Our labor community and nation are faced with a horrific crime and tragedy: George Floyd was murdered on May 25, 2020 after being handcuffed and pinned to the ground by a white Minneapolis police officer. Justice delayed is justice denied. We demand swift justice.
The time is now for us to unite, saying: “Enough is enough and we all must ensure that another Black person never dies again from police violence, at the hands of officers who took an oath to protect and serve.”
For Black people, policing is “the most enduring aspect of the struggle for civil rights,” because it has always been a mechanism for racial control. Police have attacked and killed civil rights protesters in the South, worked to protect white spaces in the North from integration, stopped and frisked Black New Yorkers at egregiously high rates, and incarcerated Black people at more than five times the rate of whites, or 10:1 in Minnesota.
George Floyd’s death, like Breonna Taylor’s, must be viewed in this context of state-sanctioned police brutality and murder. From Ahmaud Arbery’s death at the hands of white vigilantes to the dramatically higher rate of death from COVID-19 for BIPOC (Black indigenous people of color), racism and police violence is literally killing Black people.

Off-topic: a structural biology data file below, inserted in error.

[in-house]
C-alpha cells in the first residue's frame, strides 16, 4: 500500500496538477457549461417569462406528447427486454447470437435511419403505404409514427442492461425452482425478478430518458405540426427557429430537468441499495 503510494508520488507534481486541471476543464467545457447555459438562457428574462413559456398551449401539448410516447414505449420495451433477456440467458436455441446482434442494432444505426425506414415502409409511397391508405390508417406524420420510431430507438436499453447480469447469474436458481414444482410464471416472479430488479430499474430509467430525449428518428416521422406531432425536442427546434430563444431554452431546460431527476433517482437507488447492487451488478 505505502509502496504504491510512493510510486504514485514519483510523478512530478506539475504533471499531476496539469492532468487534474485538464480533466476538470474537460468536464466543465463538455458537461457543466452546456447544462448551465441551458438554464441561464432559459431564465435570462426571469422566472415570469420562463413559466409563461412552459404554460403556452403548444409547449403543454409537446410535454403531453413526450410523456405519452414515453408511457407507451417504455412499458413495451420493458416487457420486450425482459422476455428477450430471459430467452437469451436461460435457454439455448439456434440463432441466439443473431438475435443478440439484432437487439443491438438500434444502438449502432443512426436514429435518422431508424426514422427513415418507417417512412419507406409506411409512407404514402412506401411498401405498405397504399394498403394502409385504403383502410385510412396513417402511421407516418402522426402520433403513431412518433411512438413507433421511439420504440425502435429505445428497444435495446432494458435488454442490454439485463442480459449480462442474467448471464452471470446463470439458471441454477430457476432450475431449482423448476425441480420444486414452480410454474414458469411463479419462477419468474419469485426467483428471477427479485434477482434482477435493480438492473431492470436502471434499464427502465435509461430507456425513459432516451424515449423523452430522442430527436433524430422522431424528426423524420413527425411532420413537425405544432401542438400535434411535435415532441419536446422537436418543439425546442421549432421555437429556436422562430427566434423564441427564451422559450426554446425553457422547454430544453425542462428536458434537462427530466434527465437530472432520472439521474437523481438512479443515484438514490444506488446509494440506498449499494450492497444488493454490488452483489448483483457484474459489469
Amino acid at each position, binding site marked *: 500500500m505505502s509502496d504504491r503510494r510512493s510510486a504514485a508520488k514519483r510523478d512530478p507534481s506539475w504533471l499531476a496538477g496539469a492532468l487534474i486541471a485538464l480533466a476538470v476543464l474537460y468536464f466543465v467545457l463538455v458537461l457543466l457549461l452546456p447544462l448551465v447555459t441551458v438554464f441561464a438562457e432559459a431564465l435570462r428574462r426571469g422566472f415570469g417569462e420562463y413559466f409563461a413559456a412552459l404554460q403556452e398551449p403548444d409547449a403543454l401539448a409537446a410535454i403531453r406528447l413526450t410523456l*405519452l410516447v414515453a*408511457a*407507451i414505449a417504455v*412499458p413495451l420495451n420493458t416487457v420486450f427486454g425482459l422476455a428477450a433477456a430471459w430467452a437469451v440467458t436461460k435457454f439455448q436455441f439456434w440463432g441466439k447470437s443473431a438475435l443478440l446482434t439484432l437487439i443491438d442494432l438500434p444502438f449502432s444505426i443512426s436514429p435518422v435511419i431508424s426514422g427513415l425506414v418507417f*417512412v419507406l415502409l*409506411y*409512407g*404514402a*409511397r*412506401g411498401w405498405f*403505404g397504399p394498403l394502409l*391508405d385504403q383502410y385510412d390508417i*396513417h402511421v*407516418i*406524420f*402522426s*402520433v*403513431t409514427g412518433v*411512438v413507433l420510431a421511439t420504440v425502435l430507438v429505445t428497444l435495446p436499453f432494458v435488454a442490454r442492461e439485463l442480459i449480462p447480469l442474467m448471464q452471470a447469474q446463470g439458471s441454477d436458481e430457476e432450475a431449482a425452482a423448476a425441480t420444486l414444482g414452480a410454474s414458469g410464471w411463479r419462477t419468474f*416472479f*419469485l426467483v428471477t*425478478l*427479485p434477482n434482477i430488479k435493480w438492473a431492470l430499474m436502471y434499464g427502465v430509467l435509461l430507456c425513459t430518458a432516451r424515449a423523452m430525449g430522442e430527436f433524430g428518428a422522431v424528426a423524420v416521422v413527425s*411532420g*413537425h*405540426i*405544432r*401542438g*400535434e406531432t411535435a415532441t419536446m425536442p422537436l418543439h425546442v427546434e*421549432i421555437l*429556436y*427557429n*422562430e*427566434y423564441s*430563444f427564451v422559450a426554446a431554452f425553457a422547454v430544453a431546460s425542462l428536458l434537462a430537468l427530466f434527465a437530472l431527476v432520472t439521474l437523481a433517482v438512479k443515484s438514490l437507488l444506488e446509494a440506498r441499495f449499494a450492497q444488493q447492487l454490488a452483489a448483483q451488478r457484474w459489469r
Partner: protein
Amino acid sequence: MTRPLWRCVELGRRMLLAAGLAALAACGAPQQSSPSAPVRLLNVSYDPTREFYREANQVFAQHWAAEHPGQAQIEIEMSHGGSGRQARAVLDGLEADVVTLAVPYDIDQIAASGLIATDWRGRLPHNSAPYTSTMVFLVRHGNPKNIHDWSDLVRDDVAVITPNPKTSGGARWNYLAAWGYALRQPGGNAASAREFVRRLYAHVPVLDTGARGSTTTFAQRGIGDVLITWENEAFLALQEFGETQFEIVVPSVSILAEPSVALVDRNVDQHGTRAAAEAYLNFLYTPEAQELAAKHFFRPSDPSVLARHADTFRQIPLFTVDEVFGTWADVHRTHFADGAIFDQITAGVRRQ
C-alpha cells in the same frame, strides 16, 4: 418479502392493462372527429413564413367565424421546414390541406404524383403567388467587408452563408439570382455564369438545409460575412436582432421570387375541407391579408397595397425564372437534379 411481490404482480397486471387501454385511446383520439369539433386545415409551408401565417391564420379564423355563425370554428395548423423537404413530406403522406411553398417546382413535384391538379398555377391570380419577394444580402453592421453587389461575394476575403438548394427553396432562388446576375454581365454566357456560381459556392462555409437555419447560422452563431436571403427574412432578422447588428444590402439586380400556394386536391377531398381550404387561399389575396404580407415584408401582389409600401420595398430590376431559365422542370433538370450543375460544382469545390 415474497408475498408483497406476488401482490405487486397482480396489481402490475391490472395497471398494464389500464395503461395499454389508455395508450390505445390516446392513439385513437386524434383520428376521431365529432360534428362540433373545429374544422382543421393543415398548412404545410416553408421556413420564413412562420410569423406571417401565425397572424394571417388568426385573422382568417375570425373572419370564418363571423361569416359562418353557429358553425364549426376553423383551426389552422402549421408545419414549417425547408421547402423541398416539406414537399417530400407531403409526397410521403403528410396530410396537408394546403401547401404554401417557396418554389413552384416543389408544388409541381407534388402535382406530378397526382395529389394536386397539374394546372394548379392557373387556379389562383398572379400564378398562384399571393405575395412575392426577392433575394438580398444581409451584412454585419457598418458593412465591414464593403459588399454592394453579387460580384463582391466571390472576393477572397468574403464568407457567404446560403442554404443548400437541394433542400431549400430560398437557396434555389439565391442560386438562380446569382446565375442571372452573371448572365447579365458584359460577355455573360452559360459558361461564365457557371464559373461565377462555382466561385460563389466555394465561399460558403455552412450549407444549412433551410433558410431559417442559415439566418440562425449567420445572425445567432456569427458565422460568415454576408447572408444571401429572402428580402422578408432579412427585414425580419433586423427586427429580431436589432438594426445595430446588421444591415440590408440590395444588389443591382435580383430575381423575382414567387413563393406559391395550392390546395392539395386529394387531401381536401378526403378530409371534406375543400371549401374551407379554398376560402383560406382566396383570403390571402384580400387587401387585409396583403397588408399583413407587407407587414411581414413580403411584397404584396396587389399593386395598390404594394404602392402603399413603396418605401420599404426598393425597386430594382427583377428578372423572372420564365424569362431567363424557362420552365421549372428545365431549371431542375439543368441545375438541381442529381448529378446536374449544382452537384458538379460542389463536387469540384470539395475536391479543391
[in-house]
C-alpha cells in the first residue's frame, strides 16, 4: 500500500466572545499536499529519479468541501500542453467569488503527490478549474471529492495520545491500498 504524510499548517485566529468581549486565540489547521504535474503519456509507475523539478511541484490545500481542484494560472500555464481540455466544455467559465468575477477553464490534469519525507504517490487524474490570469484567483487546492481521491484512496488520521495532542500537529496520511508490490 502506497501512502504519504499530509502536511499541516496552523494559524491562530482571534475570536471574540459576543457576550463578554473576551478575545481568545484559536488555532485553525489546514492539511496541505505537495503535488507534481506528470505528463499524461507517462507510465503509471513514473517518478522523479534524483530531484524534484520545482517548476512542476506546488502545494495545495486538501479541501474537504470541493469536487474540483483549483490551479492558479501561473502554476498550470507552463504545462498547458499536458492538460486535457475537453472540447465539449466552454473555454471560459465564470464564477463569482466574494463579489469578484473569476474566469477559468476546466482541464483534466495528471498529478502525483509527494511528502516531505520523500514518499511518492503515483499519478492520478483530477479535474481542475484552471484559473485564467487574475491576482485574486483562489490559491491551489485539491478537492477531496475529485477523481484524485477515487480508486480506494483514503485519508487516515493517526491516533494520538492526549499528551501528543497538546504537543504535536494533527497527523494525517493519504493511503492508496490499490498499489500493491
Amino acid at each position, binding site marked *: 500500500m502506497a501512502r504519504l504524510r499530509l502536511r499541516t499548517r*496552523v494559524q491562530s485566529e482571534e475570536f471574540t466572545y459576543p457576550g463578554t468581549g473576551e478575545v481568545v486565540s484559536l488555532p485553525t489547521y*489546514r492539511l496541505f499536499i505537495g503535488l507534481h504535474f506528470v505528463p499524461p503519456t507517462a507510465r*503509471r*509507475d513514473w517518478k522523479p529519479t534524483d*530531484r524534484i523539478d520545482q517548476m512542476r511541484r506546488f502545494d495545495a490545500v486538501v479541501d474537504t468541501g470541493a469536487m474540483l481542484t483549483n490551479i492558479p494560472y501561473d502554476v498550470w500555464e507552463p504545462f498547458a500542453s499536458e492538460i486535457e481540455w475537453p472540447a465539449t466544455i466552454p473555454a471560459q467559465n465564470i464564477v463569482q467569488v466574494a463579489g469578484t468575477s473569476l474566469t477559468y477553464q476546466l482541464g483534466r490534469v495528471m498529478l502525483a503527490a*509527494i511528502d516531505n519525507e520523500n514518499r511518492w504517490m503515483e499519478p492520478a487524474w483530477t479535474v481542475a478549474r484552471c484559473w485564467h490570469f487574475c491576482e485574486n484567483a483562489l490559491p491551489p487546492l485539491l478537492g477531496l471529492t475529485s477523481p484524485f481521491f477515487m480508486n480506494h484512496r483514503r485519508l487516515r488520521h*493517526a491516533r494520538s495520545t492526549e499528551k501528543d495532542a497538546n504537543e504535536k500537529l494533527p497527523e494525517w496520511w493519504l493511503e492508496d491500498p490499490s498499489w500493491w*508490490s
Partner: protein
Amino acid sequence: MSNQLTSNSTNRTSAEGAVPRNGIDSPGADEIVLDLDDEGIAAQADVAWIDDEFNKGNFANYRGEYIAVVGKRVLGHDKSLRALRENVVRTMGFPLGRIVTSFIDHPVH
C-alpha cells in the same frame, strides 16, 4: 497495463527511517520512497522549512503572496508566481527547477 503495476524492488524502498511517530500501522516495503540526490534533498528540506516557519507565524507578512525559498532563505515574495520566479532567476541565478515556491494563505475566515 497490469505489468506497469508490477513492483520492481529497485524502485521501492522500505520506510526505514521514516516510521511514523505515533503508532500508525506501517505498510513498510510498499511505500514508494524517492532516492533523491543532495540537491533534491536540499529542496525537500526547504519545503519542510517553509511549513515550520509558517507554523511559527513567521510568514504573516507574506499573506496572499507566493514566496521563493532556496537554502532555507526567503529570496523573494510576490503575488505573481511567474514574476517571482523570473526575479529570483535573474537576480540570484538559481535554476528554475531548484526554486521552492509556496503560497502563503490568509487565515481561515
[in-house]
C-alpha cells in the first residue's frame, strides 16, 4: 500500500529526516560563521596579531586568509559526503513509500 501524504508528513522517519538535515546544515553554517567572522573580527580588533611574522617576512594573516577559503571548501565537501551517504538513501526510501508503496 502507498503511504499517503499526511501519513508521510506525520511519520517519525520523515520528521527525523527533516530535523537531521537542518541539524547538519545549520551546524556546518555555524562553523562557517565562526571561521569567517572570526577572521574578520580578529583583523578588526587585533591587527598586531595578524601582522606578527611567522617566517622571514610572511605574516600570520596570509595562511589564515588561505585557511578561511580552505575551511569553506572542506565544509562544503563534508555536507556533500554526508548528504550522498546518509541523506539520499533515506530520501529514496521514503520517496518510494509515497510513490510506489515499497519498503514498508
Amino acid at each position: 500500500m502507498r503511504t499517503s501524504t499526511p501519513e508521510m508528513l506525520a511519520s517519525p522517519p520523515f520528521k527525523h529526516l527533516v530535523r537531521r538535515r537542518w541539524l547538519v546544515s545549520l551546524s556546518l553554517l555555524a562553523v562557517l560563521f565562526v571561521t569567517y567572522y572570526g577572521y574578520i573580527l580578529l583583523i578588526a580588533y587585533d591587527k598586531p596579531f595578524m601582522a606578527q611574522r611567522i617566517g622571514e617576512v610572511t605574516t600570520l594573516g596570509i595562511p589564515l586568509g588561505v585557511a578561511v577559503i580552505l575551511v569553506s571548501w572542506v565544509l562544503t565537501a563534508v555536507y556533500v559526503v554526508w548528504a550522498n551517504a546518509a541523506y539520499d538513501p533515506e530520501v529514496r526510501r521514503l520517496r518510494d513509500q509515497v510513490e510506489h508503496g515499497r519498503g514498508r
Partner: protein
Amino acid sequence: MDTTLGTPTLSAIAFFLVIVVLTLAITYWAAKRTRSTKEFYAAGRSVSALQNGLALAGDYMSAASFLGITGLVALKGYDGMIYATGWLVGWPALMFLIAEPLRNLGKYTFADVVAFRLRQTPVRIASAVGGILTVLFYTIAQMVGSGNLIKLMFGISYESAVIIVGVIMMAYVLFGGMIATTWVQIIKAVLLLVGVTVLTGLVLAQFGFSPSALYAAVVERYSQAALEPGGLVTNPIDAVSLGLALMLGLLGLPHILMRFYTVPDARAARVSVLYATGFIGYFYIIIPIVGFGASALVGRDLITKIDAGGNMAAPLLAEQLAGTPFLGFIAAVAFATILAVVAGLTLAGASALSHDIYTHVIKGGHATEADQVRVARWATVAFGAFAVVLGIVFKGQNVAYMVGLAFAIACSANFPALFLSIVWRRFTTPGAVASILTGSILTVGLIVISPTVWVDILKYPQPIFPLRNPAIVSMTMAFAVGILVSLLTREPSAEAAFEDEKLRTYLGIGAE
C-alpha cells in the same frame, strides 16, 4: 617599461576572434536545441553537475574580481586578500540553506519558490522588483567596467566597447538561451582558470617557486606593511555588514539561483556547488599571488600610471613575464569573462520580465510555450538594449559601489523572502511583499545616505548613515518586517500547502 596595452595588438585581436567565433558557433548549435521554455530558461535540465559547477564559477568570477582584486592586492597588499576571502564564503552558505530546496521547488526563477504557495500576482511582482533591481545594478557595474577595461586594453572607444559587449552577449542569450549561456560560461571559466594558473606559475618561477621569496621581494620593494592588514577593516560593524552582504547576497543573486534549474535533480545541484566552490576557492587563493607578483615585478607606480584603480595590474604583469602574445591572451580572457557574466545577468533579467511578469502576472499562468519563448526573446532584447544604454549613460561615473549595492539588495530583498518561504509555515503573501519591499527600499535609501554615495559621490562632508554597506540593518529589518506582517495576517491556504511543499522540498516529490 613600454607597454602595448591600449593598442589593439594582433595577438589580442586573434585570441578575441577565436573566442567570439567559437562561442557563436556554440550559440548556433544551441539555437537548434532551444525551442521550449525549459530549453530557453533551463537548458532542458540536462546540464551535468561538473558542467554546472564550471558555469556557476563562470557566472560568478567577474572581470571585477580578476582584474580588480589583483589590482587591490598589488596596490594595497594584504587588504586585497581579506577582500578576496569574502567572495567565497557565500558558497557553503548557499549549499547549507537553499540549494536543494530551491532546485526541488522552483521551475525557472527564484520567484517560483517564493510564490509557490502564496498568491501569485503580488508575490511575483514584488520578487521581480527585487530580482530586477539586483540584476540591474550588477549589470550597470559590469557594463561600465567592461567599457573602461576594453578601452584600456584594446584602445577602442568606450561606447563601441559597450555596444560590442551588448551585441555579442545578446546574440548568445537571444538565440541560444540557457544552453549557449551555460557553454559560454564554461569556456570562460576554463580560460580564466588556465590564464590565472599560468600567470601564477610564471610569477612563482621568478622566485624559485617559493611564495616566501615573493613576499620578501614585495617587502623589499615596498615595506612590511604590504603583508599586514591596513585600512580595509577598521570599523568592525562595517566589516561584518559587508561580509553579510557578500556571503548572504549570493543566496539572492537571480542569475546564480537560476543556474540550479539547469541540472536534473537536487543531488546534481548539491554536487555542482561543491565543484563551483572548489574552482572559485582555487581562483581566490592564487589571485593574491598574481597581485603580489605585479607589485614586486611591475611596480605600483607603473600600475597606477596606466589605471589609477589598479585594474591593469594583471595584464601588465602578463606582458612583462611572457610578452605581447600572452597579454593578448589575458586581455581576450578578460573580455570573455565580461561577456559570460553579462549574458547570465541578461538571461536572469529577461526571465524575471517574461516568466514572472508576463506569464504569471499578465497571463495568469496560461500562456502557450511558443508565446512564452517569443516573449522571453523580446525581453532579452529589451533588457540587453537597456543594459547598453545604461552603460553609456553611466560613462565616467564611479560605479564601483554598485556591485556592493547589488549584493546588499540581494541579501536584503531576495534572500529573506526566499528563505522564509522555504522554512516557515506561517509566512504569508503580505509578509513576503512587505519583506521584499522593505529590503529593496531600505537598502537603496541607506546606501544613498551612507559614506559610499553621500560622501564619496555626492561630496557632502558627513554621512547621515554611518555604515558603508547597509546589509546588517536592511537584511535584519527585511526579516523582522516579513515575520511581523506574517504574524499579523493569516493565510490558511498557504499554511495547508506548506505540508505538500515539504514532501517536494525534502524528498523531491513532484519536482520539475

Black people deserve – and the nation demands – justice for those who have died at the hands of police, reform in the policing of their communities and a commitment to protect and serve their communities- as they do for property and white communities. As a labor community and as a country, we can not accept a police officer brutally murdering another Black person again. We stand in solidarity with our labor siblings of the Amalgamated Transit Union Local 1005 who have stood their ground refusing to be complicit in the transportation of arrested Minneapolis protesters.
Cities across the country, like Oakland and Los Angeles, have looked to pass multimillion dollar budgets that would further fund policing while defunding or neglecting altogether social and recreational services. We demand that our cities’ budgets reverse these priorities.
We must advocate for and protect each other everyday. This is practical, tangible work. Groups such as the Anti Police Terror Project and Black Lives Matter LA organize for Black lives every day, year round. They need our support.
Enough is enough and we all must ensure that another Black person does not die from a police officer who took an oath to protect and serve.